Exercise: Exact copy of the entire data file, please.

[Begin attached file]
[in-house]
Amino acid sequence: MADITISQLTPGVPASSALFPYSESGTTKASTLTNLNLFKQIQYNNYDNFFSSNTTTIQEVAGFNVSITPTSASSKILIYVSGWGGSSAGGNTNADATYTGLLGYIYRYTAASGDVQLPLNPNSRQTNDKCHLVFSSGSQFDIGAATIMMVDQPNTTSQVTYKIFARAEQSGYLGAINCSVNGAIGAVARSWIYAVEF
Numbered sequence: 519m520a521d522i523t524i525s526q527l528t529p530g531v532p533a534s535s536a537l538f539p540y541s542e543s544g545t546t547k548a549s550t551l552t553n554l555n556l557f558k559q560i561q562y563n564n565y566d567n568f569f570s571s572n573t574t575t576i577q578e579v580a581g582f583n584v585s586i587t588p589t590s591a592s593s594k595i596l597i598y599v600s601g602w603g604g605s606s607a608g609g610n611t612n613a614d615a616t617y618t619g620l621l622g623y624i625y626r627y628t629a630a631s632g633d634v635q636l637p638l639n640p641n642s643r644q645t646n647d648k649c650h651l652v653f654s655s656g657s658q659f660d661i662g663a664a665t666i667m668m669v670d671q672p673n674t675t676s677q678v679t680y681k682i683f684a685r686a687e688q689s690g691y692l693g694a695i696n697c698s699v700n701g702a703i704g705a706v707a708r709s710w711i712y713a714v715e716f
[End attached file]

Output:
[in-house]
Amino acid sequence: MADITISQLTPGVPASSALFPYSESGTTKASTLTNLNLFKQIQYNNYDNFFSSNTTTIQEVAGFNVSITPTSASSKILIYVSGWGGSSAGGNTNADATYTGLLGYIYRYTAASGDVQLPLNPNSRQTNDKCHLVFSSGSQFDIGAATIMMVDQPNTTSQVTYKIFARAEQSGYLGAINCSVNGAIGAVARSWIYAVEF
Numbered sequence: 519m520a521d522i523t524i525s526q527l528t529p530g531v532p533a534s535s536a537l538f539p540y541s542e543s544g545t546t547k548a549s550t551l552t553n554l555n556l557f558k559q560i561q562y563n564n565y566d567n568f569f570s571s572n573t574t575t576i577q578e579v580a581g582f583n584v585s586i587t588p589t590s591a592s593s594k595i596l597i598y599v600s601g602w603g604g605s606s607a608g609g610n611t612n613a614d615a616t617y618t619g620l621l622g623y624i625y626r627y628t629a630a631s632g633d634v635q636l637p638l639n640p641n642s643r644q645t646n647d648k649c650h651l652v653f654s655s656g657s658q659f660d661i662g663a664a665t666i667m668m669v670d671q672p673n674t675t676s677q678v679t680y681k682i683f684a685r686a687e688q689s690g691y692l693g694a695i696n697c698s699v700n701g702a703i704g705a706v707a708r709s710w711i712y713a714v715e716f